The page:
Quality of life is an issue of much importance to older adults and to the professionals who work with them. Yet, the study of such an abstract construct has presented a challenge. Scientists from several disciplines - including nursing, medicine, sociology, and psychology - have struggled with defining and measuring the quality of life. There is still no single definition or method of measurement.
The research also has included attempts to identify and verify variables that relate to, affect, or even predict quality of life for the elderly. One such variable is perception of health. Several non-nursing studies have shown self-perceived health to be significantly related to quality of life for older persons and have provided support for the work of nurse researchers on this topic (Edwards, 1973; Harris, 1976; Palmore, 1972; Spreitzer, 1974).
Because perception of health has continued to appear as important to quality of life for elders, several questions have developed. Have nurse researchers recognized the relationship of these variables and designed studies that examine the subject in greater depth? The majority of the studies in the literature review were descriptive. Have nurse researchers progressed toward theory-generating or theory-testing research in relation to quality of life and perceived health? What is the link between theory and research in the current work on this topic?
The purpose of this article is to analyze the research focus, theoretical bases, research designs, statistical methods, and research findings of nursing research on the relationship between quality of life and perceived health in the elderly from 1987 through 1991. The findings from this analysis have the potential to identify nursing implications for current practice, indicate areas for future research, and build the body of nursing knowledge.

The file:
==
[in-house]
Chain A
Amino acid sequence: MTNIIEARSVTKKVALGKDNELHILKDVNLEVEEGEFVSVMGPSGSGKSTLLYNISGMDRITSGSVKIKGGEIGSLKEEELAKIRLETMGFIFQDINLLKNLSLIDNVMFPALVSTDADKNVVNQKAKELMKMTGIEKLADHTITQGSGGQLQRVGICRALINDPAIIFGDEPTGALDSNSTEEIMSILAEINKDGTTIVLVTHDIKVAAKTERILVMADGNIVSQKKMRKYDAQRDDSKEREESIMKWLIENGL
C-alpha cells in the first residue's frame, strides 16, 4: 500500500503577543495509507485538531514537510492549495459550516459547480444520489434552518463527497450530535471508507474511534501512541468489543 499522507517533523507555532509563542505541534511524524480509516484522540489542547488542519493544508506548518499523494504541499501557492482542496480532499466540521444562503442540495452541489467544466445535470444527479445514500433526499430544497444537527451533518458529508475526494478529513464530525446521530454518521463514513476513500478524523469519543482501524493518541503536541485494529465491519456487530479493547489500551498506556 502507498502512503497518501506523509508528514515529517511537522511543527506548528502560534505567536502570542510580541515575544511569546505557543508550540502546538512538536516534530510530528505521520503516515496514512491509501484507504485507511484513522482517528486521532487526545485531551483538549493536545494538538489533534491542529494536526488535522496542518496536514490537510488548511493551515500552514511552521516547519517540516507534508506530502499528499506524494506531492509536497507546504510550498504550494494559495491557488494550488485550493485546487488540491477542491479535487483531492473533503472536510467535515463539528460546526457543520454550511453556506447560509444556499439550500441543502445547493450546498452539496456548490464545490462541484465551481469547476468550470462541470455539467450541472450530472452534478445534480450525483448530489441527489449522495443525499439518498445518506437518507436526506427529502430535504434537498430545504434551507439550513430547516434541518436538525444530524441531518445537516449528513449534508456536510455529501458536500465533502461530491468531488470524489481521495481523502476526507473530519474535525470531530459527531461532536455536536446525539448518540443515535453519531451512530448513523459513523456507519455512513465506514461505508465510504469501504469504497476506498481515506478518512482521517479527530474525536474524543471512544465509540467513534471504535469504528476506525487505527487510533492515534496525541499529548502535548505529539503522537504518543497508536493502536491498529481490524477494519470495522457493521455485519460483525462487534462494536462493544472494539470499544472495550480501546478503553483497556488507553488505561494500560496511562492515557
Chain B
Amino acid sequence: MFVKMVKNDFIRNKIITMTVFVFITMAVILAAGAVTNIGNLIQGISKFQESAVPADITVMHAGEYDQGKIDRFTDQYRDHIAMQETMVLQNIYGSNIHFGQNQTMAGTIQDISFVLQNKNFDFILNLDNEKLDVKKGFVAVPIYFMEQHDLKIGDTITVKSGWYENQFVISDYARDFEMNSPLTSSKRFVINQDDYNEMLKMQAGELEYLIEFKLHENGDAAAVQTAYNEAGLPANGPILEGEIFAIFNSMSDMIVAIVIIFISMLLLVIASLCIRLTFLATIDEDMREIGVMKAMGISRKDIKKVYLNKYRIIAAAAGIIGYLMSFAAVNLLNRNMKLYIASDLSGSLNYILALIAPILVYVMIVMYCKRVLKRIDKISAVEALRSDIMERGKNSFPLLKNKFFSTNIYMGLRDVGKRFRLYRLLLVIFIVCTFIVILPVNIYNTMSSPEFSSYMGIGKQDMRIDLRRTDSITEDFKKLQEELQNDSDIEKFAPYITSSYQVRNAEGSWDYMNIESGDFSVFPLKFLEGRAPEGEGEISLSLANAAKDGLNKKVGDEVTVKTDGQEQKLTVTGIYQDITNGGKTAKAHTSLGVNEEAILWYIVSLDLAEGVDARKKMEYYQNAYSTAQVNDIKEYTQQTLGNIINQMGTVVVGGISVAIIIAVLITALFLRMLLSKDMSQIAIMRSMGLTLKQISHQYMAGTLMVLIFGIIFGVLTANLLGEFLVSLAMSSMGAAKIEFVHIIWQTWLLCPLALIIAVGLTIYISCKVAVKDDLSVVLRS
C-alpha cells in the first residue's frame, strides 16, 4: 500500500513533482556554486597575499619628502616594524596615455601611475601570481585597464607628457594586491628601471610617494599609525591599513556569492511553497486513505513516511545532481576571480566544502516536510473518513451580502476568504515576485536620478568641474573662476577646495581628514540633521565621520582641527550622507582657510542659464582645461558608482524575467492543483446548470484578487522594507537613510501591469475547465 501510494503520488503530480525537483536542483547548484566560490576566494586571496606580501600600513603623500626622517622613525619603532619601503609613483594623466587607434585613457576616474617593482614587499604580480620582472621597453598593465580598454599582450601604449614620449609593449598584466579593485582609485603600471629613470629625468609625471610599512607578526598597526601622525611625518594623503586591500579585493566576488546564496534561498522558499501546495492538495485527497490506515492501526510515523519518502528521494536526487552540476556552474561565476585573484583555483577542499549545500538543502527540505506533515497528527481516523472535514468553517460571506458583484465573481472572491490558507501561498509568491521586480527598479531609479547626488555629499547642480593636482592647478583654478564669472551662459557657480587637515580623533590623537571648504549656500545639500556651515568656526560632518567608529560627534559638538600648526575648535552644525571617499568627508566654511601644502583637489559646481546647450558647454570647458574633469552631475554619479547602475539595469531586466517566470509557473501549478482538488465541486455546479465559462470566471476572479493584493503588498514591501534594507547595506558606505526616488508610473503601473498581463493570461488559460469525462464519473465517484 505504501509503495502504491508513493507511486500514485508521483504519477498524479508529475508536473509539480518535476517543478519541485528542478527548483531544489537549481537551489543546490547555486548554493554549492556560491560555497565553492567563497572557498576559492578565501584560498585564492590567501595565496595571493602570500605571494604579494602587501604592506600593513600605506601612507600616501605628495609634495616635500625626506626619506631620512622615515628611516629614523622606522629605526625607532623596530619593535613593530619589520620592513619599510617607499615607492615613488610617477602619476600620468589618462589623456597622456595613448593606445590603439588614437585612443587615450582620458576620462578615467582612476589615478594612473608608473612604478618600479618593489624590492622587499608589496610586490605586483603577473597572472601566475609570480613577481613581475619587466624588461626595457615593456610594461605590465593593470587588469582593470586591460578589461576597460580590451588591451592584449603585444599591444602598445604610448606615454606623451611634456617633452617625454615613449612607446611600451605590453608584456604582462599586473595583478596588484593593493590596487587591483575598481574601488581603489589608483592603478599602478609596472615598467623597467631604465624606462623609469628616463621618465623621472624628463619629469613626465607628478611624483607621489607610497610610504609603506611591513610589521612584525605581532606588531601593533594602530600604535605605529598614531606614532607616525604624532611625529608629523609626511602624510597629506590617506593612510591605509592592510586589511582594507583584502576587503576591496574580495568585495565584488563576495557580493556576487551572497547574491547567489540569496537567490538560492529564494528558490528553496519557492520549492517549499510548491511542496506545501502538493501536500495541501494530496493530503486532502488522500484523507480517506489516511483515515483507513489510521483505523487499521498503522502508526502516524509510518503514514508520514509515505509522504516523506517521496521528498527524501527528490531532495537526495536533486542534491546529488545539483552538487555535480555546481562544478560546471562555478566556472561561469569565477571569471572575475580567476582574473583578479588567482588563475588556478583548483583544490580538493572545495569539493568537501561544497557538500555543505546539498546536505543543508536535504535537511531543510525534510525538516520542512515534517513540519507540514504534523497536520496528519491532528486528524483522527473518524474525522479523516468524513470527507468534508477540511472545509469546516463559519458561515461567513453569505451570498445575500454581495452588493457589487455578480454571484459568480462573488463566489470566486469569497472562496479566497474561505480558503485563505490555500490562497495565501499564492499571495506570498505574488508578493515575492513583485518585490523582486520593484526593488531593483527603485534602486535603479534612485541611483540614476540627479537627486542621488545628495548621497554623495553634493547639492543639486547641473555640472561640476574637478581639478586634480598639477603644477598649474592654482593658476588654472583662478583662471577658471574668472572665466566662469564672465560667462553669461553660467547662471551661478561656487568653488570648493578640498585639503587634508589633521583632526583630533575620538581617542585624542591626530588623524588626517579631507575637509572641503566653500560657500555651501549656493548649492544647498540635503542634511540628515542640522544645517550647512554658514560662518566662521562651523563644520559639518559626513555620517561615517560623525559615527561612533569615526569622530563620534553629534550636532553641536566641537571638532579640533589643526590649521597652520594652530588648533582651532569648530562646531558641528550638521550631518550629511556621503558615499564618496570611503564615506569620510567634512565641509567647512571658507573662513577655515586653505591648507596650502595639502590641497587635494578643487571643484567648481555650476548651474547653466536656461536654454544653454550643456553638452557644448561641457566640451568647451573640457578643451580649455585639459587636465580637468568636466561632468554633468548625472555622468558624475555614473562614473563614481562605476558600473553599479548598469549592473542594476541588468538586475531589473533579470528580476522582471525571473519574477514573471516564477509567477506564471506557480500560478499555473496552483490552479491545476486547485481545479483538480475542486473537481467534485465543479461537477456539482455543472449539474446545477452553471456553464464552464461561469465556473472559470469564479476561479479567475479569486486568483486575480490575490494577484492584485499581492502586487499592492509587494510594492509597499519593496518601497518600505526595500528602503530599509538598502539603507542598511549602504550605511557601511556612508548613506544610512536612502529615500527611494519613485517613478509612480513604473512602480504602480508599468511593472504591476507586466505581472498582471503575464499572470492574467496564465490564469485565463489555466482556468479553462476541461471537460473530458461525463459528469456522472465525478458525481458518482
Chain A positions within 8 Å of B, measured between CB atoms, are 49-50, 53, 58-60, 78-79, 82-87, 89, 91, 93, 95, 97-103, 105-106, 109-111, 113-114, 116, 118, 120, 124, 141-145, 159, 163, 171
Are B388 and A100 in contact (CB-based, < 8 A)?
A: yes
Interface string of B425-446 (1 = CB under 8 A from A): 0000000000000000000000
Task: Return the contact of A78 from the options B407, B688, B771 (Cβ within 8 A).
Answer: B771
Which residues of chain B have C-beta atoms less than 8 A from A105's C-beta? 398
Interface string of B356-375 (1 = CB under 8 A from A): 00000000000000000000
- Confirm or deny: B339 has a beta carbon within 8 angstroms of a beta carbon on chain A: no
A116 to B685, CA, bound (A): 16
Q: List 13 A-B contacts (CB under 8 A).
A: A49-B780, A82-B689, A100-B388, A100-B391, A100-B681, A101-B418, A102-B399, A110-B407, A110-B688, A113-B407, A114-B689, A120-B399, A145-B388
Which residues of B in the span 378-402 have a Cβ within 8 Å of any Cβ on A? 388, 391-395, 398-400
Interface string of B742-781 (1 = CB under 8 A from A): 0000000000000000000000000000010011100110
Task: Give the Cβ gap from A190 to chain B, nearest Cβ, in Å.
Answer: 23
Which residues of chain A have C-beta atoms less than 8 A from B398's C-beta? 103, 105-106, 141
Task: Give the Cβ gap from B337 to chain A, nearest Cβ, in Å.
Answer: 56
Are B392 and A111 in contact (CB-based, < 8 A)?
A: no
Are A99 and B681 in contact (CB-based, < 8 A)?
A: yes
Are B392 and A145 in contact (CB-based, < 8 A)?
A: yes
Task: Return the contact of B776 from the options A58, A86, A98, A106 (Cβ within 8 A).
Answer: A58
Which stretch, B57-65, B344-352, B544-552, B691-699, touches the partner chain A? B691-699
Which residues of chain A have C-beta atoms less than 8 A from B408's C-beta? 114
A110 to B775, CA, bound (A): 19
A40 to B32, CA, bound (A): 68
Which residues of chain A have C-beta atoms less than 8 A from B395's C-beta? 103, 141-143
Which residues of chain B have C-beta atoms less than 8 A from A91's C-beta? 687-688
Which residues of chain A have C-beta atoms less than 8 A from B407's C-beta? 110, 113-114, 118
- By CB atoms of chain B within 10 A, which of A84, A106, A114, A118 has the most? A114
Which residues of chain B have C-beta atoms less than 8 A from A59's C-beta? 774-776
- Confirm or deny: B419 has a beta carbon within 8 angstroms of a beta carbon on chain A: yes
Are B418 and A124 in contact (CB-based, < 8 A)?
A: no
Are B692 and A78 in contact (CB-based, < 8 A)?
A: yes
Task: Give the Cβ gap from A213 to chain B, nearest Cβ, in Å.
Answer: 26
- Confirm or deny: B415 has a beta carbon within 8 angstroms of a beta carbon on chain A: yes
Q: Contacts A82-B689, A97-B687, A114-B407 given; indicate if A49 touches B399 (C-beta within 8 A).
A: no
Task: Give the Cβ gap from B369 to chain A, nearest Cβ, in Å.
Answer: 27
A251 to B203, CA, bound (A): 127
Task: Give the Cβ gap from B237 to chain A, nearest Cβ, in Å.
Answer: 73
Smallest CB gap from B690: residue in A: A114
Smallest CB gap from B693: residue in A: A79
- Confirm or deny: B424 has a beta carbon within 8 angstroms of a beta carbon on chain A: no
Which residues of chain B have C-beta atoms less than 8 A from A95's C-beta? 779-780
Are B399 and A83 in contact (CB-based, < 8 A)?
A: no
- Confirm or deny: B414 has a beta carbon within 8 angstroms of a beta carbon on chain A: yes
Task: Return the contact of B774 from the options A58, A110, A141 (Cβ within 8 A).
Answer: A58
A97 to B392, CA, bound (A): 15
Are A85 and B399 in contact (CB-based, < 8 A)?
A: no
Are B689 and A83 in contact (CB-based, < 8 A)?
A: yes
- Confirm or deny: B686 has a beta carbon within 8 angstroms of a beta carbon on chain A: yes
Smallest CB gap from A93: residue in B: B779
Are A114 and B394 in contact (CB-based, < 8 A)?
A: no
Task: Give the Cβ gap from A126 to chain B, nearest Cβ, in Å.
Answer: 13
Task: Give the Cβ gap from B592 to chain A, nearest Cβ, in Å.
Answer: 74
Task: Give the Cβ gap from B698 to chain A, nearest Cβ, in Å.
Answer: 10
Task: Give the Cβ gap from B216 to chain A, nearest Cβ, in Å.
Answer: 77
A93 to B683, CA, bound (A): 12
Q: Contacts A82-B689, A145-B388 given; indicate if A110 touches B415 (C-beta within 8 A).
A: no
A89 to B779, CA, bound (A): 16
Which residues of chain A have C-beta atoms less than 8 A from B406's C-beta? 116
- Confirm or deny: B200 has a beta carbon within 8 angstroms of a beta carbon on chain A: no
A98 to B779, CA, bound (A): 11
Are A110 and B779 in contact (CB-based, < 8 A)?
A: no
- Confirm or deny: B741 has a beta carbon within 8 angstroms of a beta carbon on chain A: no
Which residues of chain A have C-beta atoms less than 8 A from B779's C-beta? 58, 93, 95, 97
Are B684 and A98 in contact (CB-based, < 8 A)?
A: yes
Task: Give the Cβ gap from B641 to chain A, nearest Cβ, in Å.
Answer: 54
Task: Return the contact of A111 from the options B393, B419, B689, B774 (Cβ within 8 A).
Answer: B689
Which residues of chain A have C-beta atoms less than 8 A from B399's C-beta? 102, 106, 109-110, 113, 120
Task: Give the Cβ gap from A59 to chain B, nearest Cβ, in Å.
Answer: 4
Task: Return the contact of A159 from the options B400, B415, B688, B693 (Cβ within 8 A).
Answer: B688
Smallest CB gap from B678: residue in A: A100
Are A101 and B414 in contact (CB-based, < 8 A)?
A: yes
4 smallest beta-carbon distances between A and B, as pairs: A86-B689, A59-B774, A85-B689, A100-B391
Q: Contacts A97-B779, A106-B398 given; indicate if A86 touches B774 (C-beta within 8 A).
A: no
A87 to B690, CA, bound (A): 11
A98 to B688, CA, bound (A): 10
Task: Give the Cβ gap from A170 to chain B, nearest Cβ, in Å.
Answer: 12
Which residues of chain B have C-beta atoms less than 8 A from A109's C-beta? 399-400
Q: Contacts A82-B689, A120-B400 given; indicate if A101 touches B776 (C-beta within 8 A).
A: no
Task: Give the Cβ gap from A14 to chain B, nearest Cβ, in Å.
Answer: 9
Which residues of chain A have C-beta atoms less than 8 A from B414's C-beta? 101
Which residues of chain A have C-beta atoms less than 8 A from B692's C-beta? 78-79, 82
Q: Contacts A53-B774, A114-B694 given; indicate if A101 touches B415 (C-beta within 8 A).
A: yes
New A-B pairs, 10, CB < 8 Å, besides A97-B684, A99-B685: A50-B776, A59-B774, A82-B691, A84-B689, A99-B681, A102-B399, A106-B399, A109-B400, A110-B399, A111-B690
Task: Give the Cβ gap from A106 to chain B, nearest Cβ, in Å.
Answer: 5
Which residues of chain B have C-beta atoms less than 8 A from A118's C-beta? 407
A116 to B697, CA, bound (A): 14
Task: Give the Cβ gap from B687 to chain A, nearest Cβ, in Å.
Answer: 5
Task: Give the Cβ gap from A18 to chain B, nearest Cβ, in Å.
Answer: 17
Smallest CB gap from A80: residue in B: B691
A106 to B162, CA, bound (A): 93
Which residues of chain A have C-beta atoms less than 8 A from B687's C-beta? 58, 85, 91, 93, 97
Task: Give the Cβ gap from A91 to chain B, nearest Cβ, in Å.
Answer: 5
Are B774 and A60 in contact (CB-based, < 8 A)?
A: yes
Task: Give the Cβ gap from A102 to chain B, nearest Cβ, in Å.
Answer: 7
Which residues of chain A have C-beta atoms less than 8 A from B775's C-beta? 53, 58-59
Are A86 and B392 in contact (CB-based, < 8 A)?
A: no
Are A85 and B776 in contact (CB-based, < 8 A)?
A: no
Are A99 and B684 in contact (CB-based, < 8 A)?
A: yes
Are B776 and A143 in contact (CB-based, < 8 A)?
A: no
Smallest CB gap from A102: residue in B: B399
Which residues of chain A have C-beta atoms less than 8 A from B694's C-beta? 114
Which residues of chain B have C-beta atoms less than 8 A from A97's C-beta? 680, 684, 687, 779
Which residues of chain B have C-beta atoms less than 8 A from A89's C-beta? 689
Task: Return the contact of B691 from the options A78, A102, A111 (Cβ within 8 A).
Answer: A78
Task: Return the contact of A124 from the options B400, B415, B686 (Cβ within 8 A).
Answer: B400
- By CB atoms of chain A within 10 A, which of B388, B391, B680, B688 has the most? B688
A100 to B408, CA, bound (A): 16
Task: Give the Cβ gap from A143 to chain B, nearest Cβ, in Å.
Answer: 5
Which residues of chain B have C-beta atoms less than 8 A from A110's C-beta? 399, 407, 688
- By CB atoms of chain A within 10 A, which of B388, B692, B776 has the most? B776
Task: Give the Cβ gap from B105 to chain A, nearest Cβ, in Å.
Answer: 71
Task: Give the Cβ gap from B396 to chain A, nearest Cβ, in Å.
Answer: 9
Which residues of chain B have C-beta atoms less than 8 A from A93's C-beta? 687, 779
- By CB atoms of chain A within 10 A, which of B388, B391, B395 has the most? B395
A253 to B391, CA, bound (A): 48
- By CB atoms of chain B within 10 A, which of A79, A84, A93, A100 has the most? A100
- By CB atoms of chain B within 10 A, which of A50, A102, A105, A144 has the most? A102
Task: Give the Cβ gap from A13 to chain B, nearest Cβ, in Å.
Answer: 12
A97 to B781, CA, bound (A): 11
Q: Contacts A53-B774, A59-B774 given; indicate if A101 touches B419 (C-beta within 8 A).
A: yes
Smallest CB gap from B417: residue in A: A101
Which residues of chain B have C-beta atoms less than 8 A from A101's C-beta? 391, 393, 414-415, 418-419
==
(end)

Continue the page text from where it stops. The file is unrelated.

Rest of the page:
REVIEW OF LITERATURE
Lang and associates (1990) conducted a review of 476 nursing studies, from 1980 to 1990, on the quality of health care for older people in America. In their category on quality of life, life satisfaction, and health promotion, the review listed at least four studies in which perceived health was related to or predictive of quality of life for older persons.
In the first study, Laborde and Powers (1985) studied persons with osteoarthritis and examined relationships between life satisfaction and perceived health, locus of control, and illness-related factors. The authors found that life satisfaction was related to better health perception, internal locus of control, and less pain.
The second study, by Magilvy (1985), researched quality of life in hearing-impaired older women. Magilvy found that the best predictors of quality of life were social hearing handicap, functional social support, and perception of health.
Ryden (1984), in the third study, examined patterns of causal relationships among perception of situational control, health, socioeconomic status, functional dependency, length of stay, and morale in institutionalized elderly. Subjects were residents on intermediate and skilled care units. The findings indicated perception of situational control to be the key variable related to morale for the residents on both levels of care. However, functional dependency, health, and socioeconomic status also were significant variables and had direct effects on the morale of residents in the intermediate level of care.